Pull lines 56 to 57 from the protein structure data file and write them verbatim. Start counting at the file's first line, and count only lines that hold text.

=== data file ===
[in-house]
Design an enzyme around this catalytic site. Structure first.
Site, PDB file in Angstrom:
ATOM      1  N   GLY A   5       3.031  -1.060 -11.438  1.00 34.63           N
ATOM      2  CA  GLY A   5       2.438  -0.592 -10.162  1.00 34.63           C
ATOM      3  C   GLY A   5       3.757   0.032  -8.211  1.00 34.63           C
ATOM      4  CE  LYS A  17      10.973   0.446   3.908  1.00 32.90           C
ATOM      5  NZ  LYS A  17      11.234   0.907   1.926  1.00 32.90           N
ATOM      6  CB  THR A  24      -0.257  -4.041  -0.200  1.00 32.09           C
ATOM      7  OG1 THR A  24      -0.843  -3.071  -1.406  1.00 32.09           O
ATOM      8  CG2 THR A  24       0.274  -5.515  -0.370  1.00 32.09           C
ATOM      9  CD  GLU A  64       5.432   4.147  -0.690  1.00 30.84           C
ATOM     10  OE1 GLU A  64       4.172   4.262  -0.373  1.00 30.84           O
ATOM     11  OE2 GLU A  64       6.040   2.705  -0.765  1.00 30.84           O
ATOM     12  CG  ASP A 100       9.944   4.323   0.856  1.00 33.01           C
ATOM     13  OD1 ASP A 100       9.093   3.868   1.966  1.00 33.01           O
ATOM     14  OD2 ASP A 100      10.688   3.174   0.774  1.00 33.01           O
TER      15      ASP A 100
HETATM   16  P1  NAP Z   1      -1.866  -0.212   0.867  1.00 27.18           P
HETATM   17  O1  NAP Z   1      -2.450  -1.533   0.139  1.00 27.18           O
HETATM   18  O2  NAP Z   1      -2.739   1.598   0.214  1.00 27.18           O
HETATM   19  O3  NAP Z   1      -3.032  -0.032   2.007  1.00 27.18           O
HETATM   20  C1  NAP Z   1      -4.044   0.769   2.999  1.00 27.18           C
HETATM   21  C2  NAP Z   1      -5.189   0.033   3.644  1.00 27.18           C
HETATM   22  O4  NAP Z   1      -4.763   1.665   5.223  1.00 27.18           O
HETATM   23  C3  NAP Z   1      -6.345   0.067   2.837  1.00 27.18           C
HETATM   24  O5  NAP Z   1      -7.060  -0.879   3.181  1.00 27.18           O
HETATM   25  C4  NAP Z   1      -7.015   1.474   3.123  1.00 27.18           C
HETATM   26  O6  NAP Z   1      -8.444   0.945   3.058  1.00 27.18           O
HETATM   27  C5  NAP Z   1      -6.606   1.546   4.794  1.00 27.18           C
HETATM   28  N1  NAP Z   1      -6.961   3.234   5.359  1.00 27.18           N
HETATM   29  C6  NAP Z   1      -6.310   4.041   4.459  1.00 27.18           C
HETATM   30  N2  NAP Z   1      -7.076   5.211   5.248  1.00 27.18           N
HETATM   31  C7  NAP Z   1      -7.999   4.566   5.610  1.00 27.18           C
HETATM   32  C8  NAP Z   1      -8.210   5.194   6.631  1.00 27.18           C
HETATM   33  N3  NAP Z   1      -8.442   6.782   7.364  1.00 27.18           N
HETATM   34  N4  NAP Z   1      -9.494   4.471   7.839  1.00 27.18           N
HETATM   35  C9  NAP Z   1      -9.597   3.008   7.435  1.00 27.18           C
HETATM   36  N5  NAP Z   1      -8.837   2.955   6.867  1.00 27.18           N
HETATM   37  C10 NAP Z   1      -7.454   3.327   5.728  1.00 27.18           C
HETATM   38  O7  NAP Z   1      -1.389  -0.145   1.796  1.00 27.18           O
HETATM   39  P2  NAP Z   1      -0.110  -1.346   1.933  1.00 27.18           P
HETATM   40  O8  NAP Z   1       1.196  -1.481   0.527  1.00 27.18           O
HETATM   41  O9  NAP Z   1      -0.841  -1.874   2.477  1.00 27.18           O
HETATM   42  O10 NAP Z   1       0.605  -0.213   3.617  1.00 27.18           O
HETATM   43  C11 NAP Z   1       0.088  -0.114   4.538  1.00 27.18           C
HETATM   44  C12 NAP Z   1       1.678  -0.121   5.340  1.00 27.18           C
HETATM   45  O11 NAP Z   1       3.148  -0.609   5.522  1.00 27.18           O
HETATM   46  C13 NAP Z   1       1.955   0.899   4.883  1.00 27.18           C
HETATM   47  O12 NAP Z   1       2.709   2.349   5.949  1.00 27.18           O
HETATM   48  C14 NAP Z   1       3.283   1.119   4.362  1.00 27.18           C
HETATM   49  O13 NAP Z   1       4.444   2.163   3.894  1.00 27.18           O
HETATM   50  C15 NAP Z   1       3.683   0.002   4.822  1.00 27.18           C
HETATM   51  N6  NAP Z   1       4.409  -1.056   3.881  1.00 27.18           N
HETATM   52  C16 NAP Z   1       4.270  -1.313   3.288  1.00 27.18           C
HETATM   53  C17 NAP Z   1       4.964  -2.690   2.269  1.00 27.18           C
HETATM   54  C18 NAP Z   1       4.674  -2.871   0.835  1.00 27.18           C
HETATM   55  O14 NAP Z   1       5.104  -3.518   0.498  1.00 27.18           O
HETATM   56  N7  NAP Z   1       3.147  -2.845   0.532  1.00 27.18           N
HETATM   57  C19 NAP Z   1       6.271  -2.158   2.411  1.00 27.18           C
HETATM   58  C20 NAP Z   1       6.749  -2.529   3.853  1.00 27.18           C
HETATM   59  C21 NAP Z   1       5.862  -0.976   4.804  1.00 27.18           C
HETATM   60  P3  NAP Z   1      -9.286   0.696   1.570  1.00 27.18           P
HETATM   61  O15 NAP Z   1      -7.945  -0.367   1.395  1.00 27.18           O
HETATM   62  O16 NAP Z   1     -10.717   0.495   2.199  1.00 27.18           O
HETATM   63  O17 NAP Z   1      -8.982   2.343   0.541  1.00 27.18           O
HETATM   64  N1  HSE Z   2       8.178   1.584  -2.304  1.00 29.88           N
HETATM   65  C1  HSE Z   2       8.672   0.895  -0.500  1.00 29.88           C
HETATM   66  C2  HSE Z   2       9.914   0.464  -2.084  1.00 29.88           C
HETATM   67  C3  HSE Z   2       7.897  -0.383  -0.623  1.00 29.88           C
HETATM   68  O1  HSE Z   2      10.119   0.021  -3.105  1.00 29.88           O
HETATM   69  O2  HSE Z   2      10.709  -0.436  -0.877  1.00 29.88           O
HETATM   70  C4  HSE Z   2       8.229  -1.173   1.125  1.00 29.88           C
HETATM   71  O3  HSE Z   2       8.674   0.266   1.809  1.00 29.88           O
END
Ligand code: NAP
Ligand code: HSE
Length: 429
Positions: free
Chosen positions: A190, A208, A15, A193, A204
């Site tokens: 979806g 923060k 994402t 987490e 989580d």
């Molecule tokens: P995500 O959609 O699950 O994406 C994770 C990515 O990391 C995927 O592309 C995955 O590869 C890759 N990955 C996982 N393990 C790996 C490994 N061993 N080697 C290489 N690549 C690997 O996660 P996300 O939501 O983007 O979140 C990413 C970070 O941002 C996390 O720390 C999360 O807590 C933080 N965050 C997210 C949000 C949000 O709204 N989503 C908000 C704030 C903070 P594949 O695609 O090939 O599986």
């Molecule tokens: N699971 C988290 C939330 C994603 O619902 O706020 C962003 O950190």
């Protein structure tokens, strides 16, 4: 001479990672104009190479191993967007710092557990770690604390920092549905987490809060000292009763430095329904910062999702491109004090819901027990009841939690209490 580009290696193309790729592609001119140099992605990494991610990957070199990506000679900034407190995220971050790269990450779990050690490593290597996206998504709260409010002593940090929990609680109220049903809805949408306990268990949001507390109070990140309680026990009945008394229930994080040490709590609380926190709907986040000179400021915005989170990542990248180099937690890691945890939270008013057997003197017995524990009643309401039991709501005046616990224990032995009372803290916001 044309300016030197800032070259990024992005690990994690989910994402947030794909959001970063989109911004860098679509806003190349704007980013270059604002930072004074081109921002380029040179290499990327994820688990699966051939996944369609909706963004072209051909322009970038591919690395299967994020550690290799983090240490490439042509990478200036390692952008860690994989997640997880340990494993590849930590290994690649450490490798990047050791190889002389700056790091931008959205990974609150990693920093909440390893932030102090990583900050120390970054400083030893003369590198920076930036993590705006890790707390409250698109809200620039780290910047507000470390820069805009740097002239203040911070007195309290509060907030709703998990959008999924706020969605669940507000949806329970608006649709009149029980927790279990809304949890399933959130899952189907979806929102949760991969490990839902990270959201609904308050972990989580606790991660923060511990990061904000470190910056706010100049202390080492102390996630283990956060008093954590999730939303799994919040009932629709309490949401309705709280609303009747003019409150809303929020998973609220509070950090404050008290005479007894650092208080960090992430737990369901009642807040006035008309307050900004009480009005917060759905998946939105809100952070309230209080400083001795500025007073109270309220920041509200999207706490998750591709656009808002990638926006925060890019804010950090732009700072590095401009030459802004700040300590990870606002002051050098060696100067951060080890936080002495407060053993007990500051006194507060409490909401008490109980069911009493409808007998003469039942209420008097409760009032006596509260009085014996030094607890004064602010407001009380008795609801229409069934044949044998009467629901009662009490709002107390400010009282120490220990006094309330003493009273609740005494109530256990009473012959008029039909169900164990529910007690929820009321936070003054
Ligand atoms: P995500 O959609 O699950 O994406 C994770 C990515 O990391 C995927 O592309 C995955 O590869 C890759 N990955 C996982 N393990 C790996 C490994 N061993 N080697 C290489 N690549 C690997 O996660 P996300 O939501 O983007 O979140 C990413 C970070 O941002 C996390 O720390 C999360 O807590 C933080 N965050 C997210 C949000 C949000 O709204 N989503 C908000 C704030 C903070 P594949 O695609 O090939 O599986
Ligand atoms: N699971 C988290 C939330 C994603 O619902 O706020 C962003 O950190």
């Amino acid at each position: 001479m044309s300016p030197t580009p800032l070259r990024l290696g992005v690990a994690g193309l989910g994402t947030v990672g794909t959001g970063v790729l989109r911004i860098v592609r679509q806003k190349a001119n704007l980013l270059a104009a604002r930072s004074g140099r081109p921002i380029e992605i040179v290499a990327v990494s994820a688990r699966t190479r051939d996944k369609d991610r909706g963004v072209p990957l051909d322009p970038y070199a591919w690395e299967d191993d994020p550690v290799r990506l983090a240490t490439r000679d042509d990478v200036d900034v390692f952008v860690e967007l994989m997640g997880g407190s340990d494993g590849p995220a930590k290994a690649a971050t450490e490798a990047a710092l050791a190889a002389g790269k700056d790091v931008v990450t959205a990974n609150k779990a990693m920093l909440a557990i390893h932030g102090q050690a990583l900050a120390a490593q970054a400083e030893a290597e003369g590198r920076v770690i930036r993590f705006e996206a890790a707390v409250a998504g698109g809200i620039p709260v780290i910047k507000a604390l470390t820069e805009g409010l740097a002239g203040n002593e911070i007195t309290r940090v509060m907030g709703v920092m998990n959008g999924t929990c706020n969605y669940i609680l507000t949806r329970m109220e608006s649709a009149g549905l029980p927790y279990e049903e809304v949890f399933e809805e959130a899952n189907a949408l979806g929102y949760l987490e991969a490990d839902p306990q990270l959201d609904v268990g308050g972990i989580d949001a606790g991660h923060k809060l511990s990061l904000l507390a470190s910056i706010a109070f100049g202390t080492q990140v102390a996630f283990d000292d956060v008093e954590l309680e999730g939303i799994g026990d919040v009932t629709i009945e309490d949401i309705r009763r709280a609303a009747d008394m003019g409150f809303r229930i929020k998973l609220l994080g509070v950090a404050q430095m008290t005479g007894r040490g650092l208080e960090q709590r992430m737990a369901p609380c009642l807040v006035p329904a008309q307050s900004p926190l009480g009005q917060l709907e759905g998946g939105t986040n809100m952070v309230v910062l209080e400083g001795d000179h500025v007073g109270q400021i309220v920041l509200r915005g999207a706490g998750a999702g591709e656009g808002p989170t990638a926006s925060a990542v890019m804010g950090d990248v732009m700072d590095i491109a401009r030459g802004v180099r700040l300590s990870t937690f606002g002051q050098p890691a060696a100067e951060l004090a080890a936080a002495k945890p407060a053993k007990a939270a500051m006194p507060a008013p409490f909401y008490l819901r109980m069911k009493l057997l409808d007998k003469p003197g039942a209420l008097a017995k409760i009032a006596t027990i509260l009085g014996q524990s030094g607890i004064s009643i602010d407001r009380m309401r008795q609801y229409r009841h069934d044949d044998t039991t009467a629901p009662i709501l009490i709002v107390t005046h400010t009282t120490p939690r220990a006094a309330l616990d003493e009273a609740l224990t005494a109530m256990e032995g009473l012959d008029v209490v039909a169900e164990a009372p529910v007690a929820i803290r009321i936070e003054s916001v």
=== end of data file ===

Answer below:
HETATM   53  C17 NAP Z   1       4.964  -2.690   2.269  1.00 27.18           C
HETATM   54  C18 NAP Z   1       4.674  -2.871   0.835  1.00 27.18           C